“You’ve had your cake and et it too, all these years.”
Lew Morgan is the undisputed king of Turk Ridge. Once a boy from the wrong side of the tracks, Lew has made it to the top, by his enterprise and industriousness, as well as by marrying Olive Whitt, whose father had owned everything in the town. When the novel opens, Olive is dead and though her husband was hardly faithful to her, she leaves him her fortune. Lew can now marry Celia Colby, the school teacher, who has been his mistress for many years. Everything, it seems, has worked out well for Lew Morgan.
Or has it? His aunt Chat is fearful because his photo has fallen twice from the wall, and the old lady sees it as a bad omen. When she conveys her fears to Morgan, he laughs them away. Unknown to him, however, there are many who would like him dead. His daughter-in-law, Dort, a gold-digger, unable to see her hopes being frustrated repeatedly, is plotting something devious with her lover, Johny. His friend, Grover, who has seen his fortunes go down while Morgan’s have risen and who has to take loans from the bank that Morgan controls can no longer bear it when Morgan refuses to grant him another loan. It replaces his friendship with something twisted. There is an old lover Sophie Barton in town whose daughter might very well be Morgan’s illegitimate child. Full of resentment, she openly threatens Morgan. Even Morgan’s daughter, Victoria, the apple of his eyes, is now simmering at the hold her father has over her. A clear case of Electra complex, Victoria both loves her father and yet hates him because of how she seeks his approval for everything, even for the man she has fallen in love with. And then there is Whitt, Morgan’s son. Always ridiculed by his father, Whitt can hardly stand up for himself and in a moment of desperation while being flayed by his father, declares openly that he wants him dead:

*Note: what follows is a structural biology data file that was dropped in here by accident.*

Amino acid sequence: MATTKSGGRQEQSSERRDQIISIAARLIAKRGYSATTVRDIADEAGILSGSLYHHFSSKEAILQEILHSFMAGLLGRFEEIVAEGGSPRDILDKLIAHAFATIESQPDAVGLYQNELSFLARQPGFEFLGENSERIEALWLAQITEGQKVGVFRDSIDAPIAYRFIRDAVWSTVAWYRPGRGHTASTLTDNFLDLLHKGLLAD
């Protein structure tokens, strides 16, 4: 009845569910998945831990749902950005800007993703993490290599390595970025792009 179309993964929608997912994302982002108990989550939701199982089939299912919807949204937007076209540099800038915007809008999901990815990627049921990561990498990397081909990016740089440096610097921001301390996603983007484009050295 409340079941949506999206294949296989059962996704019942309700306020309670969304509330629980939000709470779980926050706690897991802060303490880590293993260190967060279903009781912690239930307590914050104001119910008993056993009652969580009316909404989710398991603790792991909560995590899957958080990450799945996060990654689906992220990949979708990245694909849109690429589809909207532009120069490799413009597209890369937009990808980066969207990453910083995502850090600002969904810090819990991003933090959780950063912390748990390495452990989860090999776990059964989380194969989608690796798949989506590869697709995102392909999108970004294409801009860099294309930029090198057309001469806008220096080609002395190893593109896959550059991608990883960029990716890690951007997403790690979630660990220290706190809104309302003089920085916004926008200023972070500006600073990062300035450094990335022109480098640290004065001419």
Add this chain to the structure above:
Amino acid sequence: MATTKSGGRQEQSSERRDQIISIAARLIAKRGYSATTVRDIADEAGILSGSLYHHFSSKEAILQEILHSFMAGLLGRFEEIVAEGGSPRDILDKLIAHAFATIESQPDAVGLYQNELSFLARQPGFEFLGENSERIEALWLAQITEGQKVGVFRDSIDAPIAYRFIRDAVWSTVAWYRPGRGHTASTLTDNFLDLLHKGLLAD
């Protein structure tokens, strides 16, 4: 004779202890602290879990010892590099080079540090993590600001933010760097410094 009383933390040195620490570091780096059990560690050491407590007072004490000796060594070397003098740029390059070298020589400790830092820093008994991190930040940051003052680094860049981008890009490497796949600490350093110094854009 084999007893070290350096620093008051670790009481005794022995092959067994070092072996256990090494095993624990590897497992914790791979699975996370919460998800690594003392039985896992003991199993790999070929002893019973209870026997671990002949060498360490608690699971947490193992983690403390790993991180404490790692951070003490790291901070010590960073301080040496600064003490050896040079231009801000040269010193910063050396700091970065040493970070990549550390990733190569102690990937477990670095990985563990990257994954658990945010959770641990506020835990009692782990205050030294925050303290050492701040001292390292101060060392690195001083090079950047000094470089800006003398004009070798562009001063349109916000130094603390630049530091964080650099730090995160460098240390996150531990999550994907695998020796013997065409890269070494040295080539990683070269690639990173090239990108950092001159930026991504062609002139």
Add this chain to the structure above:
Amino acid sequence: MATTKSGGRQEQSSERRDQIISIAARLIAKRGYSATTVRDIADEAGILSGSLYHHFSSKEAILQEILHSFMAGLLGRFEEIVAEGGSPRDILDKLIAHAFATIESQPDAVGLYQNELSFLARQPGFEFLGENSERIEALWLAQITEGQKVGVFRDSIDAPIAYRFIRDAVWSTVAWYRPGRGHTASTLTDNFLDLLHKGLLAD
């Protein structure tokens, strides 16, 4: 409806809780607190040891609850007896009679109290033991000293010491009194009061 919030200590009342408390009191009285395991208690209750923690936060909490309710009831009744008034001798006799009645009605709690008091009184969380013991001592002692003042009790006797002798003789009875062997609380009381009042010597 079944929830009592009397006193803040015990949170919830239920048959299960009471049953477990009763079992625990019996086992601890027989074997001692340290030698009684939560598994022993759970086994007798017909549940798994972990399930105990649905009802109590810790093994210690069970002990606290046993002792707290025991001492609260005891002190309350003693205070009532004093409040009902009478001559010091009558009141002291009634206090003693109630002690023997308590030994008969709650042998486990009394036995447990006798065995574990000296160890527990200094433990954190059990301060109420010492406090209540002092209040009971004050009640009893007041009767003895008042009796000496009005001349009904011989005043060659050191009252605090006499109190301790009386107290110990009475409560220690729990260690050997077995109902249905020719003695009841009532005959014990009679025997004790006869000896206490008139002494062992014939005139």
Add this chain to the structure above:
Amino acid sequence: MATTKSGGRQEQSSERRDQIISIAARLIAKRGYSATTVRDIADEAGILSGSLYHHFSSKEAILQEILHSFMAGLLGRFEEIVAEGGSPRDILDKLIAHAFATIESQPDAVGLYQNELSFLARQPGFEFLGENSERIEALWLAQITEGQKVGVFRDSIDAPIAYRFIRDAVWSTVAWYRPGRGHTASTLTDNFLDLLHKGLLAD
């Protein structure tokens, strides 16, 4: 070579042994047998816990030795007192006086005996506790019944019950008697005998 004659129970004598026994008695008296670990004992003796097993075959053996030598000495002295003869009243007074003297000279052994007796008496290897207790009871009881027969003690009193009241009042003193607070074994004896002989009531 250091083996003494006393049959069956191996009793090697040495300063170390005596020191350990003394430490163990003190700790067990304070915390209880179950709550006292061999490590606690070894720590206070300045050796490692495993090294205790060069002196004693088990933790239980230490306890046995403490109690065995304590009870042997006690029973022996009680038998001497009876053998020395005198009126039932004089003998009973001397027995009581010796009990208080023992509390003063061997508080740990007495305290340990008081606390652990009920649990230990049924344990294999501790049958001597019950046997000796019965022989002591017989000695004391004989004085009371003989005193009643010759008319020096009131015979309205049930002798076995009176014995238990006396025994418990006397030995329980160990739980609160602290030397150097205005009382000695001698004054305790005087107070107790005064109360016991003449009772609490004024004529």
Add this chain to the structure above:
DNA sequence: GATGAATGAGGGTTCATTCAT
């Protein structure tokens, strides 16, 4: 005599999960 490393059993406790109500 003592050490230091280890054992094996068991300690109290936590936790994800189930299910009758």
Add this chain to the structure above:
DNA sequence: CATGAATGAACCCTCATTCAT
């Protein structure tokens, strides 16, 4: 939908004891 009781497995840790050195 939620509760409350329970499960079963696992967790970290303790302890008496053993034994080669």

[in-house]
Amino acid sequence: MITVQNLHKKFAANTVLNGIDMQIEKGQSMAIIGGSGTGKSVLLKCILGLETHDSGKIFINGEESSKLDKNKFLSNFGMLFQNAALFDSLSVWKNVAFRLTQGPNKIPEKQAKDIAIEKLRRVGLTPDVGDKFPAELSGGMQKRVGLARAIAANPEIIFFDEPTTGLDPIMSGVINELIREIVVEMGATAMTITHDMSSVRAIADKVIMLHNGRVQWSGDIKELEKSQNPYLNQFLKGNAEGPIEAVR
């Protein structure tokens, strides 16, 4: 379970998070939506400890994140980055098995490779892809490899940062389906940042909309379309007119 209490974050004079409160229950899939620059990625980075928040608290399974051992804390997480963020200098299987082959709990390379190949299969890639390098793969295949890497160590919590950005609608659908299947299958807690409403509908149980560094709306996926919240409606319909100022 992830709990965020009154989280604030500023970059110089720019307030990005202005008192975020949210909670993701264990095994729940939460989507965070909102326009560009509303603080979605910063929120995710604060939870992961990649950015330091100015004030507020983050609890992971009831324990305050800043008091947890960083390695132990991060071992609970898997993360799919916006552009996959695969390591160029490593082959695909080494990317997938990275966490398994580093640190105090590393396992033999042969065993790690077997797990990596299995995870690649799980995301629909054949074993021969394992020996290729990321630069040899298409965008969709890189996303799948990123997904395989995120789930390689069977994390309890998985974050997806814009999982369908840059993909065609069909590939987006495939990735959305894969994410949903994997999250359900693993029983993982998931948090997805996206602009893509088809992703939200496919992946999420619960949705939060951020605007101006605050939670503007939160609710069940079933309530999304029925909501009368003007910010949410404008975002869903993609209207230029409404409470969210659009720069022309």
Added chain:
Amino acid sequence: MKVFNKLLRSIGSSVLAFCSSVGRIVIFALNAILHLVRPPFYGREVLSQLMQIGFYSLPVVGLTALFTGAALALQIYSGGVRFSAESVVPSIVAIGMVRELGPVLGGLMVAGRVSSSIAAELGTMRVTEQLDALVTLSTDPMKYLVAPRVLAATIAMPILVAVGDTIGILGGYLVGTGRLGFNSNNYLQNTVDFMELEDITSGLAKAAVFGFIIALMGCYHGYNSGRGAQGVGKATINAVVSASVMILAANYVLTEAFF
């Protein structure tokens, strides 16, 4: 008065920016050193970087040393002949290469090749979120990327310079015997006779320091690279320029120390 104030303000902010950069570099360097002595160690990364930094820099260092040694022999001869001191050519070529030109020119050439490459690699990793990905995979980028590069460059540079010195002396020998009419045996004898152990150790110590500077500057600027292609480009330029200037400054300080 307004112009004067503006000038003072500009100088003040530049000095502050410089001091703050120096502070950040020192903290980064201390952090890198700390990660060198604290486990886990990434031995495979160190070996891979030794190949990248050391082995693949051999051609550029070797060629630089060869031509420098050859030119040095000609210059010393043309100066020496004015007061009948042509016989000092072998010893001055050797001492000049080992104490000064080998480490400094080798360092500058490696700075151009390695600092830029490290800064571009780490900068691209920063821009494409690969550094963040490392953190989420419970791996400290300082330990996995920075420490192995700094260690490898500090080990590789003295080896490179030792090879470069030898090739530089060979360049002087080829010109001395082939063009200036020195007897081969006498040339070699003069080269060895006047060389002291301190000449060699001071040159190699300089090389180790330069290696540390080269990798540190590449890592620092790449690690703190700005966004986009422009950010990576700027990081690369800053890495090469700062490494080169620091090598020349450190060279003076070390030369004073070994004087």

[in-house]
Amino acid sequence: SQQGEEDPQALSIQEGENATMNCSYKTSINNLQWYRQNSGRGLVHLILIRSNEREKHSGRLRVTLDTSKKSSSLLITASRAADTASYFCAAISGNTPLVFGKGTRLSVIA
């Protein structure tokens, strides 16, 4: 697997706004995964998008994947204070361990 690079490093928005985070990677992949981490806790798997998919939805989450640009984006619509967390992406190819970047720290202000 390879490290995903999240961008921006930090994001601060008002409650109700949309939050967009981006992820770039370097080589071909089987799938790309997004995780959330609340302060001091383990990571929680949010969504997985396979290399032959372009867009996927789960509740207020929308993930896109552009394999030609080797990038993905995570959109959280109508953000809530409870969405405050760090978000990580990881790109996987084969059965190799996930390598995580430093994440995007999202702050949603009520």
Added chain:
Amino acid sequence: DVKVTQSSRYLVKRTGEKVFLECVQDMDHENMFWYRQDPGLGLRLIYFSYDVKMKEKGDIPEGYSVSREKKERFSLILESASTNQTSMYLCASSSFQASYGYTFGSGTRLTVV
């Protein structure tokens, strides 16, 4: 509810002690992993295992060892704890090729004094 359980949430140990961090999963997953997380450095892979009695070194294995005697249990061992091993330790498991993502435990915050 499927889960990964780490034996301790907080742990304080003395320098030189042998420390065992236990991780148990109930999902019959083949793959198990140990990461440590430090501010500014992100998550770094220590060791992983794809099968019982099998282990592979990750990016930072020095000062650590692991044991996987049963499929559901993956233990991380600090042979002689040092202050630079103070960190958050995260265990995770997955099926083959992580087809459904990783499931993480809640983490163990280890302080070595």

“I wish I’ve had the guts to do it myself! That’s the kind of son you’ve made out of me…”
So there is Lew Moragn, surrounded by people who hate his guts, and whose simmering resentment is now about to burst open. A push, sleeping pills, a gun….which one would finally kill Morgan? Or would The Diehard still be lucky?
Once again, Potts excels in giving us memorable characters and a taut story line. This summary might make it seem that Lew Morgan is nothing but a failure as a human being, but Potts makes us feel for him. The story moves at a fast pace with the tension mounting as Lew Morgan realises the kind of hatred that is brewing against him in the others.
A good start for the #1956 Club.
First Line: All through his wife’s funeral, Lew Morgan wrestled with a nervous, unseemly urge to yawn.
NY: Charles Scribner’s Sons, 1956
First Published: 1956
Sources: Open Library
Other Opinions: Mystery File
Other books read of the same author: (Among Others) My Brother’s Killer